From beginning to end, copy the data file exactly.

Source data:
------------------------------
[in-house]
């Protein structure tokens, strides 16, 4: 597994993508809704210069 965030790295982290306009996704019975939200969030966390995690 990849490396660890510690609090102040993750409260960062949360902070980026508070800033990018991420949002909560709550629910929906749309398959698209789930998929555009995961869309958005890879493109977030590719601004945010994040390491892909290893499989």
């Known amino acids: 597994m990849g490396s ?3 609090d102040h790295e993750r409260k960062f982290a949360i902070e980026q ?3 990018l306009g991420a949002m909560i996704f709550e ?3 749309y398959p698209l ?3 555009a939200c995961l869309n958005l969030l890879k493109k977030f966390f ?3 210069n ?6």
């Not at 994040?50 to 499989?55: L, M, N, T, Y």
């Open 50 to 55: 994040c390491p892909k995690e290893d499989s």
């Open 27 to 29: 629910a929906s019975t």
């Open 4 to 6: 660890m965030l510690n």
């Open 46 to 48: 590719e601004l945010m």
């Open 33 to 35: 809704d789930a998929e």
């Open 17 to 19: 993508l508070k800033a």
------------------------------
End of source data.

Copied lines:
[in-house]
């Protein structure tokens, strides 16, 4: 597994993508809704210069 965030790295982290306009996704019975939200969030966390995690 990849490396660890510690609090102040993750409260960062949360902070980026508070800033990018991420949002909560709550629910929906749309398959698209789930998929555009995961869309958005890879493109977030590719601004945010994040390491892909290893499989």
């Known amino acids: 597994m990849g490396s ?3 609090d102040h790295e993750r409260k960062f982290a949360i902070e980026q ?3 990018l306009g991420a949002m909560i996704f709550e ?3 749309y398959p698209l ?3 555009a939200c995961l869309n958005l969030l890879k493109k977030f966390f ?3 210069n ?6």
């Not at 994040?50 to 499989?55: L, M, N, T, Y």
């Open 50 to 55: 994040c390491p892909k995690e290893d499989s």
């Open 27 to 29: 629910a929906s019975t």
């Open 4 to 6: 660890m965030l510690n």
């Open 46 to 48: 590719e601004l945010m």
């Open 33 to 35: 809704d789930a998929e």
């Open 17 to 19: 993508l508070k800033a």